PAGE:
An absolute delight. The colour, radiant as ever, has now begun to reveal subtle, welcome nuances of age. Notes of redcurrants are gently fading to make way for a spicier palette, combining perfumes of precious woods and aromatic herbs. The tannins remain firm while boasting that distinctive smoothness which characterises the estate’s wines.
A few remaining bottles of Château Palmer 2006, preserved in the estate’s historic cellars since the day they were bottled, will be released this autumn. One final time.
Ten years later, the wine is enchanting. Ready to be tasted at last …

Voyages insulaires by Maitetxu Etcheverria
From September 2nd to December 20th, Château Palmer hosts a new exhibition.

September 2017 - From September 2nd to December 20th, Château Palmer hosts a new exhibition. After having travelled the world with Jardins Naturels by Sebastião Salgado, this autumn we return to the Médoc with an exhibition based on the series Voyages insulaires by Maitetxu Etcheverria.
Decors of all kinds have always fascinated the photographer. In Paris, she immersed herself in the set building workshops of Fémis, the world-renowned school of cinema. Later in Bucharest, she explored the city’s movie studios. Ever seeking new frames of reference, she changes perspectives, countries, eras... Fascinated by the disappearance of the island of Trompeloup, swallowed up by the tides off the shores of Pauillac, the photographer has focused her gaze upon the Gironde estuary for two years now. This series of 25 photographs captures an environment in a state of perpetual change – the estuary’s string of islands, whose shapes fluctuate in sync with the river’s currents, and whose landscapes evolve in rhythm with the seasons of peripatetic agricultural workers.
Certain islands have been inhabited and cultivated through the centuries. Just under a dozen of them were thus settled by man. Yet as time has passed and agriculture evolved, gradually the islands have been deserted, with nature reconquering them and their neglected embankments. Today, they’ve become a cultural and geological heritage in need of preservation.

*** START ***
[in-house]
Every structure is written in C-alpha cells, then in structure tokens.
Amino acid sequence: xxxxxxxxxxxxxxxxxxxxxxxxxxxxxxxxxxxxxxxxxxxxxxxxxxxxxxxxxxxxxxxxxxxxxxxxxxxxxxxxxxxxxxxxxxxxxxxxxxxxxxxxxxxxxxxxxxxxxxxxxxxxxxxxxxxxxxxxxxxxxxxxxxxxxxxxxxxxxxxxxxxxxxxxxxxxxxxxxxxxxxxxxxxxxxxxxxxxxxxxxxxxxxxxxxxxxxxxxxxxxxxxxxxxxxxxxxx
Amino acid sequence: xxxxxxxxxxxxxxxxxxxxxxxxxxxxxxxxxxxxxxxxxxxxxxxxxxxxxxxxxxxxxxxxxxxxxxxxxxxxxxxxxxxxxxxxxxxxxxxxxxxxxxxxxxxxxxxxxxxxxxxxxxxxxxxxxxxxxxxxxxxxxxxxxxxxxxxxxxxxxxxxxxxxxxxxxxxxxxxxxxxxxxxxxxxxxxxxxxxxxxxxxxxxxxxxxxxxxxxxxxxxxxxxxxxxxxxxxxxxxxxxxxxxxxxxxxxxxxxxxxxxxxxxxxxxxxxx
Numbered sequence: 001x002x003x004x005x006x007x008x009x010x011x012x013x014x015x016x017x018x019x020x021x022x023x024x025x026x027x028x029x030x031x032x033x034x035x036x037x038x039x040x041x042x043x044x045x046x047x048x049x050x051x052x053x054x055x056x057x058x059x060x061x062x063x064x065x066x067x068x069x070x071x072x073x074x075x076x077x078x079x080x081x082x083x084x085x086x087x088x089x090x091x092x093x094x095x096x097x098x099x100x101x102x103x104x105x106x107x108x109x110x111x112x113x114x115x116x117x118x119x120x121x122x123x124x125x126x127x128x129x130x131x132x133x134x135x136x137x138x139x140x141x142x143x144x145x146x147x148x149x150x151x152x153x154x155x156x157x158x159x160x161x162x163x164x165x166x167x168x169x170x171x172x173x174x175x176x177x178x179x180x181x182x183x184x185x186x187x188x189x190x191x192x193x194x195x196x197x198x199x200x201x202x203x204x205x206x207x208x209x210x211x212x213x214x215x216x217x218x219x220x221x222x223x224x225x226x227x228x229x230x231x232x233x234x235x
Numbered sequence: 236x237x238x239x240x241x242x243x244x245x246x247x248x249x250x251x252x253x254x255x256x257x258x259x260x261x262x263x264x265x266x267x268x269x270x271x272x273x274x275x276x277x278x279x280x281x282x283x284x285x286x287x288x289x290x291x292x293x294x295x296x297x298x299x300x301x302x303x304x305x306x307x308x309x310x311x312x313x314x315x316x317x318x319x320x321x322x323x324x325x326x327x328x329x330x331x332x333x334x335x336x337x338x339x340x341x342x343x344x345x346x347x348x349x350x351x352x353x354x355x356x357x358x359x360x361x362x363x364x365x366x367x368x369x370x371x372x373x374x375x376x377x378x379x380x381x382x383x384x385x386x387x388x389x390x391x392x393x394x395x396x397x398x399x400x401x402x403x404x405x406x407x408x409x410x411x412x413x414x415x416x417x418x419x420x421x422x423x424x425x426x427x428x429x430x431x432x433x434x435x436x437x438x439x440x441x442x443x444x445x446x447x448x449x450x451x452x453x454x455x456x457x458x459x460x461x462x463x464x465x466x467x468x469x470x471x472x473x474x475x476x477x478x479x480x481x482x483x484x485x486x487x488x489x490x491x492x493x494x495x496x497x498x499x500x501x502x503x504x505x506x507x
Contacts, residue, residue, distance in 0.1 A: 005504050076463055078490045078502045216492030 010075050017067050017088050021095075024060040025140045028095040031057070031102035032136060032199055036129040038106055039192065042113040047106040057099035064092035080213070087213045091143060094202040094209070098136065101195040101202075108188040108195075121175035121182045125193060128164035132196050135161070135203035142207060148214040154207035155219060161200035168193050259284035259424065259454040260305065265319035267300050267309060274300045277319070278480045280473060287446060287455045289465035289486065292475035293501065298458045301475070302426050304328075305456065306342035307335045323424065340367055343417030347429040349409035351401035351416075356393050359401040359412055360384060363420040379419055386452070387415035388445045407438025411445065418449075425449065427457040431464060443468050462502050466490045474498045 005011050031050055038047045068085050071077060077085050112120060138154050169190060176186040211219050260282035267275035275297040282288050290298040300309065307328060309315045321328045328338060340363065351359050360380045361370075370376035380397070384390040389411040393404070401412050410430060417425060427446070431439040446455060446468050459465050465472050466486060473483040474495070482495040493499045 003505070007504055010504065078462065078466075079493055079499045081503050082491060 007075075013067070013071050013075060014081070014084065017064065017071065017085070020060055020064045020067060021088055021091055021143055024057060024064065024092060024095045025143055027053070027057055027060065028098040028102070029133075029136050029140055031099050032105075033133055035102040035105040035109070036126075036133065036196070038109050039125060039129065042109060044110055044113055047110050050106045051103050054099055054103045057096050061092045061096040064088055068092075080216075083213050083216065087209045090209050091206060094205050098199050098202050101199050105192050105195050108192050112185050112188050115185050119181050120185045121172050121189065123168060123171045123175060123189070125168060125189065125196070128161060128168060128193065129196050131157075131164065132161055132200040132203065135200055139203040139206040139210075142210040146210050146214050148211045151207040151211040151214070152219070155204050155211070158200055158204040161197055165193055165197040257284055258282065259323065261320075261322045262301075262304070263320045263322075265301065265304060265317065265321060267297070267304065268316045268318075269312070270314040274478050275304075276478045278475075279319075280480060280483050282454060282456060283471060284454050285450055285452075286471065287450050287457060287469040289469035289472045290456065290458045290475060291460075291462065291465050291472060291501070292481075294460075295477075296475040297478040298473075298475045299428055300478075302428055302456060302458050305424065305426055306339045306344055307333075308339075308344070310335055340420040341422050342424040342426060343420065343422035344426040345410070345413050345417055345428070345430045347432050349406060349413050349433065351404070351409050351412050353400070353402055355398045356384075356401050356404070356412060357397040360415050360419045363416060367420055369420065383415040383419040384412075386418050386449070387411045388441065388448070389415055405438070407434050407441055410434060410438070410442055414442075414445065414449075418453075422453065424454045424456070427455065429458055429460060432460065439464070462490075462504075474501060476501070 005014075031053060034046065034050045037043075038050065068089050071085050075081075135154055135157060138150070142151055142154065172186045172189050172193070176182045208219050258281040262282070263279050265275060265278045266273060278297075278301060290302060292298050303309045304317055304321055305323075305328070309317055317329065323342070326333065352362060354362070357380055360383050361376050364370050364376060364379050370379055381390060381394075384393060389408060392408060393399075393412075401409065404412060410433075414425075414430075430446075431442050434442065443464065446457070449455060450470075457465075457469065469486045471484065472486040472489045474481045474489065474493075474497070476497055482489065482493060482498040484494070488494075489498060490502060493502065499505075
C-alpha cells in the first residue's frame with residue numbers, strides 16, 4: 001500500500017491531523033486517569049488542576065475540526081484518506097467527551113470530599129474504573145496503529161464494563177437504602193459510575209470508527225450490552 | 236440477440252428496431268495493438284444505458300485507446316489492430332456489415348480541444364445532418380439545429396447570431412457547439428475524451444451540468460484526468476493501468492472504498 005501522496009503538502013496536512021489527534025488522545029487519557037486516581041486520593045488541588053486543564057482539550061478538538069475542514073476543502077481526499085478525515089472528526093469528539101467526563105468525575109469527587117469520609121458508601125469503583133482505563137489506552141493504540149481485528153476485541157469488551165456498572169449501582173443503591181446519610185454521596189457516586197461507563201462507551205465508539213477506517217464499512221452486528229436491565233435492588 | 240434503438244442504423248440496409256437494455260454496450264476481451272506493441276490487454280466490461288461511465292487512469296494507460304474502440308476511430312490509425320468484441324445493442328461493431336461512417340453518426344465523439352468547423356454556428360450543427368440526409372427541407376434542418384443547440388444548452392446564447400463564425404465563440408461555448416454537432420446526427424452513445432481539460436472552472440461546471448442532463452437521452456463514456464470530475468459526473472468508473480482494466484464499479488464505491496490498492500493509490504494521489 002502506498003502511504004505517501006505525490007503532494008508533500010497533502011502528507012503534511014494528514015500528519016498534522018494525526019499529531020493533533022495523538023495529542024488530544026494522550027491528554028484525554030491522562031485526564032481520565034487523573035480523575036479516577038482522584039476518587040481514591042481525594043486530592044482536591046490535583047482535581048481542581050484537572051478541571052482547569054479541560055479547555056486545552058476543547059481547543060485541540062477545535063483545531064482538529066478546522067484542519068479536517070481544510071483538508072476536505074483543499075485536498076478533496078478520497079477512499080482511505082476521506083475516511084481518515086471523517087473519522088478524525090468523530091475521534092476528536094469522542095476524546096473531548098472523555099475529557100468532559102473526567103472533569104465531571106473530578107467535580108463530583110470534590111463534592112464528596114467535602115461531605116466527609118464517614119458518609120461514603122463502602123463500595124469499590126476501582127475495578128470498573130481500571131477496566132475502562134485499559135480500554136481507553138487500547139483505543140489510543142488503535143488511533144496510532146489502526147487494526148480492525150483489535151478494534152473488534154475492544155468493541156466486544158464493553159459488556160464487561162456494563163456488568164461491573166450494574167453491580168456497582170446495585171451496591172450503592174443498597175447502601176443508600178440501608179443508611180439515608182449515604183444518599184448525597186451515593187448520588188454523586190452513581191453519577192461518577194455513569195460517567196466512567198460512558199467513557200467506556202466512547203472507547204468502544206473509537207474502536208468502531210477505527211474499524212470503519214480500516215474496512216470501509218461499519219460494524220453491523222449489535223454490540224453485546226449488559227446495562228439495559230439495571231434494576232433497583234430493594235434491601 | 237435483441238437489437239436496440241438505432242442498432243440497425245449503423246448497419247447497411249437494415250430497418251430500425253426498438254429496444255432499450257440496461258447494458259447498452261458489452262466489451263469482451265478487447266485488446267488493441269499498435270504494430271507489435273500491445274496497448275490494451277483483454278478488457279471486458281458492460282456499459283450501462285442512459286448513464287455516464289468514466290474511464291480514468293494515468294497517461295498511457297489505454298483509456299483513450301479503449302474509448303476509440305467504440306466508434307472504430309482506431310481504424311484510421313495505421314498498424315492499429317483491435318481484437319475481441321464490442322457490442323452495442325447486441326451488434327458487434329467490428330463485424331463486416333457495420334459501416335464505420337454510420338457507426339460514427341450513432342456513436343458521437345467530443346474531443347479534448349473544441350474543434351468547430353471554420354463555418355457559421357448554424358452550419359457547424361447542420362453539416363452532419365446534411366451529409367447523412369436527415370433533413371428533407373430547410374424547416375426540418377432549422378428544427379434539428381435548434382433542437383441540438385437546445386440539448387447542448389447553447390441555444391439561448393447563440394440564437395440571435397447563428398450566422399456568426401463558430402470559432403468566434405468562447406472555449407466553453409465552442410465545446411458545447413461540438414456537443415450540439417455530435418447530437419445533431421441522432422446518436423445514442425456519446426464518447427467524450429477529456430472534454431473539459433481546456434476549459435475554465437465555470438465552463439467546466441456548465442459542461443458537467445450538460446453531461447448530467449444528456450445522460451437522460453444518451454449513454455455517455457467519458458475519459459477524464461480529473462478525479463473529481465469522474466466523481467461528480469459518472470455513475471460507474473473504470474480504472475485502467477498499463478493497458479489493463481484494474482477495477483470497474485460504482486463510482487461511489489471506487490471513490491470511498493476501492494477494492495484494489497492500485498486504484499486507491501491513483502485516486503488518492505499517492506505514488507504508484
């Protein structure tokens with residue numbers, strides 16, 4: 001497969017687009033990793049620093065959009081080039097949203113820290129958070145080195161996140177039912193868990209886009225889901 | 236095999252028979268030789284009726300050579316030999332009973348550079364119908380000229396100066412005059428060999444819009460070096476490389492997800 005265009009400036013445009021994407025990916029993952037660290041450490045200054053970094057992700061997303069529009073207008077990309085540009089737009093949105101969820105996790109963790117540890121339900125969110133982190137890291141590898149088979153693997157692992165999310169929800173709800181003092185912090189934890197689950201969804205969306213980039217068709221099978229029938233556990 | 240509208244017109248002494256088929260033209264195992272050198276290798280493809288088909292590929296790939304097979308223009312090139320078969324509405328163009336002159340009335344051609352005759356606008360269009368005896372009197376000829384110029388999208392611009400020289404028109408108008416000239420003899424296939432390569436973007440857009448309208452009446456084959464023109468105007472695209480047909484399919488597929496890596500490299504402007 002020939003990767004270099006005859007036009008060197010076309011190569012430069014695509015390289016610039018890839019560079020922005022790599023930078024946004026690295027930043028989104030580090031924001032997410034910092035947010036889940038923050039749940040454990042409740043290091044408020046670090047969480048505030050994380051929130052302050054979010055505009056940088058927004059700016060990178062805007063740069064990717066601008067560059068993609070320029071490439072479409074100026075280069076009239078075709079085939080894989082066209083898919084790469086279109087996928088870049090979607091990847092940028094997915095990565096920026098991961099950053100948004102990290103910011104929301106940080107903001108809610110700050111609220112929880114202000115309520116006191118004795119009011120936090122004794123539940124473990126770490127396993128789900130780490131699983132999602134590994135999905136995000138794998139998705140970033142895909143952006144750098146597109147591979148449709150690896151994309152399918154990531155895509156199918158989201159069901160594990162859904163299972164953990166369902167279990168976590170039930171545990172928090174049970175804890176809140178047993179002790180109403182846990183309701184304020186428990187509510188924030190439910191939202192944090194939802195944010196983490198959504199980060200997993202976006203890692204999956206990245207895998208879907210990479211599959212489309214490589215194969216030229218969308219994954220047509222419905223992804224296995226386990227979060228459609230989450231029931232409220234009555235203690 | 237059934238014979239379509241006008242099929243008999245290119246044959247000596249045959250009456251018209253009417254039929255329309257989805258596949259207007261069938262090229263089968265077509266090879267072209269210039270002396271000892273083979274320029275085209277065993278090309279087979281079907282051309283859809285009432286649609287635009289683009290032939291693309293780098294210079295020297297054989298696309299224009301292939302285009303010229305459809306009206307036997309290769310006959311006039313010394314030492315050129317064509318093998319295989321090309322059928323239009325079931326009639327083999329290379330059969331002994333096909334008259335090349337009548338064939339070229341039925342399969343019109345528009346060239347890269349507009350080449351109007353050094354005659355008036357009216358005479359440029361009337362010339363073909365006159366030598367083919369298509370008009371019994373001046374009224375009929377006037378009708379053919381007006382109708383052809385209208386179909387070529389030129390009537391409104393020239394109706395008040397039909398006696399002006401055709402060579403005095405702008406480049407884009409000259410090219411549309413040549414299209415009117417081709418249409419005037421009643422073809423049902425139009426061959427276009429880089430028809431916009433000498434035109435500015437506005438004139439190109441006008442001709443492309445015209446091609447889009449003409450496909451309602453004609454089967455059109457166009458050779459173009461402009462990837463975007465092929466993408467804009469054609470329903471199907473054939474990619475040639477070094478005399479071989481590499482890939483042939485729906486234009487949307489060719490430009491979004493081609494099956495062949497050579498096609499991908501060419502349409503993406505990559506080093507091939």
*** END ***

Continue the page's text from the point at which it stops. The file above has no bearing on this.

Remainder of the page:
The series Voyages insulaires is co-produced by the Fonds régional d'art contemporain (Frac) Aquitaine, the departmental institute of artistic cultural development (IDDAC), arrêt sur l'image galerie and Château Palmer, with the support of the Conseil départemental de la Gironde, the association Gens d’estuaire, , the Photographic Contemporary Art Center - Villa Pérochon (CACP) in Niort and Central DUPON Images. The series earned Maitetxu Etcheverria a 2017 individual creative grant award from Drac Nouvelle-Aquitaine.
The exhibition Voyages insulaires may be seen during visits to Château Palmer from September 2nd to December 20th 2017. To reserve, address a request by e-mail to chateau-palmer@chateau-palmer.com.

Where water flows…
The sun is shining; the summer season has reached its apogee. The landscape is rich and verdant.

August 2017 – The sun is shining; the summer season has reached its apogee. The landscape is rich and verdant. The vegetation is dense green and the vines have begun to flash with colours – mauve and violet. But one element is far more discrete, translucent even – water.
At first glance, across the vineyard, water is seemingly inexistent. Instead, what stands out are vine parcels, young trees, a line bushes being grown to create a hedge, some tall grasses… Then, upon second look, this landscape’s largest body of water comes in view – the Gironde, flowing slowly towards the coast to rejoin the ocean depths. As one moves deeper into the vineyards, other smaller water sources reveal themselves. Almost forgotten, a handful of streams traverse the vine parcels and fields, with such names as l’Ontic, la Laurina and la Maqueline.
Elusive as it is, water plays an essential role in the life and equilibrium of our ecosystem. It allows it to thrive, to proliferate, to diversify. Throughout the vineyards, the water points draw numerous species which will impact, directly or indirectly, the vines and surrounding vegetation. Birds and insects come to quench their thirst. So-called water treatment plants develop in the ditches and wetland areas where they purify the water, improving its quality to better nourish the terroir. Encouraging the natural drainage of water is also beneficial, as water captures and attenuates surrounding vibrations, both good and bad. Dynamic, freely moving water thus proves highly favourable to its environment.
Indeed, by simply allowing water to circulate naturally, both above and below the vineyard, the entire ecosystem, in all its richness and complexity, is reinforced. The variegation of a landscape helps to increase the density of its biodiversity, which once in balance, allows for all species to cohabitate. A vital challenge, whose import is clear as water.